Over 130,000 people are experiencing homelessness on any given night in the state of California. Over the last decade, average rents across the state have steadily increased, inflation-adjusted wages have mostly remained stagnant, and the supply of affordable housing has decreased dramatically (Cowan & Gebelof, 2019). Across California, 53% of renters are considered “rent burdened,” meaning they spend more than 30% of their household income on rent and utilities each month (American Community Survey (ACS), 2017). The graph below shows the rise in rent burdened families over time for the United States as a whole. Research suggests that homelessness increases faster in communities with high rates of rent burden compared to those where residents can afford their rent (Glynn & Casey, 2018), suggesting that mitigating rent burden could be one strategy to reduce inflows to homelessness.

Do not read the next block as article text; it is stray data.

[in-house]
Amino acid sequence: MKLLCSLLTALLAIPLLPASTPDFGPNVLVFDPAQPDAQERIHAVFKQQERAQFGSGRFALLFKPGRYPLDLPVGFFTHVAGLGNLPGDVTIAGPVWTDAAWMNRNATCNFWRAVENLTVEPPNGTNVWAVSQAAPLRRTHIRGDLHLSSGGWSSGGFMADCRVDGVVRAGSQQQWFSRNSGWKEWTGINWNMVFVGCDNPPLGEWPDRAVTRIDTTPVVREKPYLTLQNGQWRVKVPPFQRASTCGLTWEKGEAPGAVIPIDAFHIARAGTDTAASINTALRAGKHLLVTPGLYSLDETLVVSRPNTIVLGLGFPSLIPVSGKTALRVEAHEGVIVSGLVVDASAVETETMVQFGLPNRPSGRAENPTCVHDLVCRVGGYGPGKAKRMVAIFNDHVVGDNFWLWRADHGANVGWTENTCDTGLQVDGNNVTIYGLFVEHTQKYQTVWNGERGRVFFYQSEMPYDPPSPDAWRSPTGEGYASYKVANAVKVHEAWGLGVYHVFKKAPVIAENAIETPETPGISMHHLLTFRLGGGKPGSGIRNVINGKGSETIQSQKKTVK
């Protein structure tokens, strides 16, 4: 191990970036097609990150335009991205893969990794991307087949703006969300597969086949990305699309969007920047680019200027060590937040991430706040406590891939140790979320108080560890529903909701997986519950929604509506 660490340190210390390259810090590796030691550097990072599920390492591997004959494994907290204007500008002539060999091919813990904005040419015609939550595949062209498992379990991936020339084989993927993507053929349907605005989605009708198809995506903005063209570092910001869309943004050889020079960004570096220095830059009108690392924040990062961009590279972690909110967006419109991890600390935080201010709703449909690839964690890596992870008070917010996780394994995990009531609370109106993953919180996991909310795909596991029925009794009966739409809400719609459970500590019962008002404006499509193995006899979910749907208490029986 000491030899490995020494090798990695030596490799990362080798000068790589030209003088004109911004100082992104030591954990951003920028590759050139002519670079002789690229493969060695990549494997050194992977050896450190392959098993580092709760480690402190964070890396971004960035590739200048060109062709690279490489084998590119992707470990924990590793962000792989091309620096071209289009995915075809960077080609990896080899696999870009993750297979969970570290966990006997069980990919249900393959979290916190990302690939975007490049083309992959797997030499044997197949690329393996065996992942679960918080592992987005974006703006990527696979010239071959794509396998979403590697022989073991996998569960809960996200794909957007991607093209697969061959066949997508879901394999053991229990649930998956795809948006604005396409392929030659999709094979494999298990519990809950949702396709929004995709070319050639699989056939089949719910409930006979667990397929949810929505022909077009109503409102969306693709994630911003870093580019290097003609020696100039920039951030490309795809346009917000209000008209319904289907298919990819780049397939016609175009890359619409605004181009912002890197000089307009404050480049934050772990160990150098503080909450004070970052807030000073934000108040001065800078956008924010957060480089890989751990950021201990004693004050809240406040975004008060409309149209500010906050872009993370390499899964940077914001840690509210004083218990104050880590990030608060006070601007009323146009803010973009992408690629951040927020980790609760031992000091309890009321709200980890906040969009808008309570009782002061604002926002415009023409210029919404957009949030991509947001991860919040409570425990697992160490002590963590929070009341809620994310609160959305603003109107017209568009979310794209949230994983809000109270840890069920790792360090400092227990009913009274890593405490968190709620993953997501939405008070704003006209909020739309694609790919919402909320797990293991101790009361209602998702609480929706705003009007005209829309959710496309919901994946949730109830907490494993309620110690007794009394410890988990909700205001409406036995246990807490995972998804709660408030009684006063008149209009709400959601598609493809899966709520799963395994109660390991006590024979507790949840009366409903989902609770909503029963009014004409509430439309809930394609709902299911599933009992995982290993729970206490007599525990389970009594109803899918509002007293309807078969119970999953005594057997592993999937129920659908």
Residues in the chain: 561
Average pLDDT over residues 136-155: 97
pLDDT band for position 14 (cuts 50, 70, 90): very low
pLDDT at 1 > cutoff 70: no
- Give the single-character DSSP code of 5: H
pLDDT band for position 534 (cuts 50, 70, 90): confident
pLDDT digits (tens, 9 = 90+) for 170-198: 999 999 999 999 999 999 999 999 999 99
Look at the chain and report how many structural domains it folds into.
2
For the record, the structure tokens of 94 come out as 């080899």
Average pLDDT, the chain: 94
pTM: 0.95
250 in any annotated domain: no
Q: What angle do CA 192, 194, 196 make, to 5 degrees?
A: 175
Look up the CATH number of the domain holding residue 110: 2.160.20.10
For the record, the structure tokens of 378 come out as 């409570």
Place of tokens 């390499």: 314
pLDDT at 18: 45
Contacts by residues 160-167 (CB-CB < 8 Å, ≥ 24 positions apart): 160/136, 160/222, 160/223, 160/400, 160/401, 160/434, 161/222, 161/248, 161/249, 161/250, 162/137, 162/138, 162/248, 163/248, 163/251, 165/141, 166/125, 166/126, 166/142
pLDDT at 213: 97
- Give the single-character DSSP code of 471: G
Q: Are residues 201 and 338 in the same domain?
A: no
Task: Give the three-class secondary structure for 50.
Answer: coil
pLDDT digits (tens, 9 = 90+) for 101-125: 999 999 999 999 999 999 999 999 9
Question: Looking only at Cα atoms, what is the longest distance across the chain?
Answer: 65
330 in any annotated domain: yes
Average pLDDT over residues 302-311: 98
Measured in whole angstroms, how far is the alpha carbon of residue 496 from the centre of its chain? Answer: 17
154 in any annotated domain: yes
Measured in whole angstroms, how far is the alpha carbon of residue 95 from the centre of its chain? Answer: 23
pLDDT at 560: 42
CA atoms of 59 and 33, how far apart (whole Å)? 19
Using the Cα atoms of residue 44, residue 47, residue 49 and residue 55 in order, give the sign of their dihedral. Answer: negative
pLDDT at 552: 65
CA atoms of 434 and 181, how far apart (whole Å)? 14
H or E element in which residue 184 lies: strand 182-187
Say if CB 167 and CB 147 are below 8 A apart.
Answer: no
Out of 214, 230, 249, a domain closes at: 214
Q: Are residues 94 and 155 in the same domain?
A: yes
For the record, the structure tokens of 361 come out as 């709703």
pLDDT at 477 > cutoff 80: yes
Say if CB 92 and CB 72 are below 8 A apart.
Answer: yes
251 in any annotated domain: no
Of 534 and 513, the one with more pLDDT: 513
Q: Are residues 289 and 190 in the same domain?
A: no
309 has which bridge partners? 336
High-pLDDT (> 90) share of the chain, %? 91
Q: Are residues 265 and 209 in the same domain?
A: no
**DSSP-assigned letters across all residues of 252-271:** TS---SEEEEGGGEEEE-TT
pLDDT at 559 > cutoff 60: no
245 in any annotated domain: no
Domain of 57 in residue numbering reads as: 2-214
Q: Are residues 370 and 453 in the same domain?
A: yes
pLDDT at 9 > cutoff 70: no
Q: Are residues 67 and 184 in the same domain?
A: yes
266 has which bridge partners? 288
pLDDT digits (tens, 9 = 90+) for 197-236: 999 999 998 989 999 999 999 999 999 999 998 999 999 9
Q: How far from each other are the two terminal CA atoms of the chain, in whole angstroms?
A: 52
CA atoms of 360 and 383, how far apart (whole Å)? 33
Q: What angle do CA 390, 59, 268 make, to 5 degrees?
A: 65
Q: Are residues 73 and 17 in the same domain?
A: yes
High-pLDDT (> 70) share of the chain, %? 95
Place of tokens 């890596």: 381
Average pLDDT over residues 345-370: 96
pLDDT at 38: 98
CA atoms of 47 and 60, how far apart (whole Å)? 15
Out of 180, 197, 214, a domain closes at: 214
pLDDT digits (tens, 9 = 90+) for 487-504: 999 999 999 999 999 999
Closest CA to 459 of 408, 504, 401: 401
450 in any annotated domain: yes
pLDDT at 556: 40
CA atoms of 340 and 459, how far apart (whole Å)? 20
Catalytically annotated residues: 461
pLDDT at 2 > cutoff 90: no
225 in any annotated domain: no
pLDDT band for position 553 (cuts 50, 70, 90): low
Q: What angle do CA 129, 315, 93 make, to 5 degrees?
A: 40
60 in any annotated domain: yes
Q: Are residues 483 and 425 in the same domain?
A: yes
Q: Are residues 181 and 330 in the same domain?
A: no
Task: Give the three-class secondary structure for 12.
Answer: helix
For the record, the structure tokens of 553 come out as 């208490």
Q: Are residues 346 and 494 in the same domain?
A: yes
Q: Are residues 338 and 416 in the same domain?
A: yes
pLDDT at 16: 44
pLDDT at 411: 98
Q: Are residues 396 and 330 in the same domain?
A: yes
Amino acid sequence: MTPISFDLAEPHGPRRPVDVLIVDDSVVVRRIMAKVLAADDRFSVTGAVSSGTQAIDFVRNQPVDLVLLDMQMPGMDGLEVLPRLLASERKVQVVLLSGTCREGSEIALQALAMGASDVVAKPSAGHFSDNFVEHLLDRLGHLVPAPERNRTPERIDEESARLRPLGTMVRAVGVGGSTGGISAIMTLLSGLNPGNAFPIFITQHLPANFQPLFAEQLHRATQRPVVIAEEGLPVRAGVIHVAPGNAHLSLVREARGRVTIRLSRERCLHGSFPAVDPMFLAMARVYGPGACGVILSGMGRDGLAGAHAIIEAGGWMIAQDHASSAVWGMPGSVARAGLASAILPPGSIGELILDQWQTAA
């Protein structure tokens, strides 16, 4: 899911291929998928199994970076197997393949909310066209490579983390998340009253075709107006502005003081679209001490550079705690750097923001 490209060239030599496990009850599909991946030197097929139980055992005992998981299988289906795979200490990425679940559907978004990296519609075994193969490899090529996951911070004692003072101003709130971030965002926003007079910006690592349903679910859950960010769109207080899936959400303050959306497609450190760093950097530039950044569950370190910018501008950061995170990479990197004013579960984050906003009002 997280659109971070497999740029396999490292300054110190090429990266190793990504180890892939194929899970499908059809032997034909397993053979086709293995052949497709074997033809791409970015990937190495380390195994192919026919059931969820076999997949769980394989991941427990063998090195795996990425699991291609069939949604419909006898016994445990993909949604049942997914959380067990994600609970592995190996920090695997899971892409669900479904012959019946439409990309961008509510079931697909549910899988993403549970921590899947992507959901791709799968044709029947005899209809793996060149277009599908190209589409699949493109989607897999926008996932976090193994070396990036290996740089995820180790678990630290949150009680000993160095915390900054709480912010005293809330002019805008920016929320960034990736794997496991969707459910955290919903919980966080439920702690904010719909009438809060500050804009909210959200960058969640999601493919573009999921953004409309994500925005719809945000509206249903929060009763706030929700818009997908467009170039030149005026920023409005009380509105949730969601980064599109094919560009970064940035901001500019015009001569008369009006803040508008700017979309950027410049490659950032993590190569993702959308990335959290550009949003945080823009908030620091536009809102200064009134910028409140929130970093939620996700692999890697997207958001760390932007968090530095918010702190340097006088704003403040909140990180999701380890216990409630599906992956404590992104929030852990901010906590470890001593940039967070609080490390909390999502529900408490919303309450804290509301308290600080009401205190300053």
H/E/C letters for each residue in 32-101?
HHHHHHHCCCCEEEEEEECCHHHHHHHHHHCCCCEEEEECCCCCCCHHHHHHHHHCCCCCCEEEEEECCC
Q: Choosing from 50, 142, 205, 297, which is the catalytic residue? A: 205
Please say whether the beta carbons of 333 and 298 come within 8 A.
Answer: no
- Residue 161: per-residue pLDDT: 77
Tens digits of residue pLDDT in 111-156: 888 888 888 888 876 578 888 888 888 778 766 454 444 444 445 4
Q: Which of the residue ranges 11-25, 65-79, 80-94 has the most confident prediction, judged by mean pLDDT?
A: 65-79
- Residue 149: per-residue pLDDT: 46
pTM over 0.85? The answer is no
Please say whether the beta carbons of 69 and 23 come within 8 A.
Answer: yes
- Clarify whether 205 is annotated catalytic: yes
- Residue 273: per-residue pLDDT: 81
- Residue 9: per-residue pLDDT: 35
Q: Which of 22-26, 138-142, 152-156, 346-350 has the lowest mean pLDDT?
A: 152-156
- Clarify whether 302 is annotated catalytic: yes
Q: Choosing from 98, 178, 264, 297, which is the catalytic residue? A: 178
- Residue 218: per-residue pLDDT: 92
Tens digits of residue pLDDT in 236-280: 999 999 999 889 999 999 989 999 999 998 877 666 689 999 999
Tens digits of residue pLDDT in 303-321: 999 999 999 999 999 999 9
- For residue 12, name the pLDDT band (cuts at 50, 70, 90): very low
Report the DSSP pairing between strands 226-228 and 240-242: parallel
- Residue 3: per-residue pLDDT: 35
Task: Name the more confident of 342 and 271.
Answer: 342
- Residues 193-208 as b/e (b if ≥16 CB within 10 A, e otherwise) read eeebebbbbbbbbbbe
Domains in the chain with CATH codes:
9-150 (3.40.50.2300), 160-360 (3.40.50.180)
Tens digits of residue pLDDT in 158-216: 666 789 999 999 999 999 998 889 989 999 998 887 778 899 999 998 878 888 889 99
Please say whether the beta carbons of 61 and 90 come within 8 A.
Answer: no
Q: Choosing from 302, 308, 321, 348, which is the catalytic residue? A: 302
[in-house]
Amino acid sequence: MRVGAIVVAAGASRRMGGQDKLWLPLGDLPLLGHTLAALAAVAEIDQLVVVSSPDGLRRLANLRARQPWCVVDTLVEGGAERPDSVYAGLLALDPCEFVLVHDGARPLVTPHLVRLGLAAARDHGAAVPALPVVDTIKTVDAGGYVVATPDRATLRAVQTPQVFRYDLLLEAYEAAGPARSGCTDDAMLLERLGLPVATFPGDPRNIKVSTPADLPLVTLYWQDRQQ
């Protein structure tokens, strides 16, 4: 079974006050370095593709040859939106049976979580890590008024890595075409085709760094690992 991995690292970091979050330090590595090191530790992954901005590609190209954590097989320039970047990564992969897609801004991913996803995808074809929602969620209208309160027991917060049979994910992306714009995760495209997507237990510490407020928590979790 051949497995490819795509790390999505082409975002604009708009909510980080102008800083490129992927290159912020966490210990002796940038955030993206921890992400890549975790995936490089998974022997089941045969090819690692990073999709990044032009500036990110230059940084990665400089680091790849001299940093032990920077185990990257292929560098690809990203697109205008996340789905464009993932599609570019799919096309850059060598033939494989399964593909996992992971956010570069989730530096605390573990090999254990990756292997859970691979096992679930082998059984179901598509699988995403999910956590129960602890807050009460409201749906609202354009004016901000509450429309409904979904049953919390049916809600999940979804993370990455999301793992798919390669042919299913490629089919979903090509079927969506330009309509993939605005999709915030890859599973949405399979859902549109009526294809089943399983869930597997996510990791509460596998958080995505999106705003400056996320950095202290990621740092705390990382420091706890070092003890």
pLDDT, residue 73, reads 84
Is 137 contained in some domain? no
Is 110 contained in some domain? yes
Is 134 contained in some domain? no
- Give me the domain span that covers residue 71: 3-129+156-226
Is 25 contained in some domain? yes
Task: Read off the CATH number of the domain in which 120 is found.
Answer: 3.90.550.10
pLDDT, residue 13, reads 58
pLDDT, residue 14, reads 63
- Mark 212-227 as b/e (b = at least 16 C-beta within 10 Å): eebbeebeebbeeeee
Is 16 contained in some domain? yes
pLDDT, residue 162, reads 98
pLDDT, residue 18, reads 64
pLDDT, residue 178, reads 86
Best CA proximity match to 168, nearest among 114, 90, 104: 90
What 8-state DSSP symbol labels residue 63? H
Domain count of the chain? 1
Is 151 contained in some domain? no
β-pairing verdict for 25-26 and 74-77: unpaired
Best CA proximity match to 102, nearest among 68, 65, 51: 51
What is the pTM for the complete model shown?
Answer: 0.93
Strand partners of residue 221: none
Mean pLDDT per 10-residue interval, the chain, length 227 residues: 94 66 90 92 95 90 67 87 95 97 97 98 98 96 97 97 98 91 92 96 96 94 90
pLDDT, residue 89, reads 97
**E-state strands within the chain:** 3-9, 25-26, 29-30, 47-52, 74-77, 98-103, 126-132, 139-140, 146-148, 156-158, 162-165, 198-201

This analysis proposes a “Rent Burden Subsidy” policy that would cover household rental expenditures that exceed some threshold in rent burden to reduce financial strain on the state’s renters. The analysis projects the cost of multiple versions of this policy, based on two levels of rent burden and various rent and income eligibility rules. The paper concludes by placing the cost of this proposal within the broader context of United States housing policy and addressing potential concerns and limitations with the policy. The analysis finds a wide range of potential annual costs, ranging from $7.09 billion to $21.95 billion. However, most versions of the policy cost less per household on average than other major housing subsidy programs. Moreover, the rent and income eligibility caps prevent exploitation from those with excessively high rents, ensure that the subsidy targets California’s most vulnerable households, and mitigate moral hazard concerns.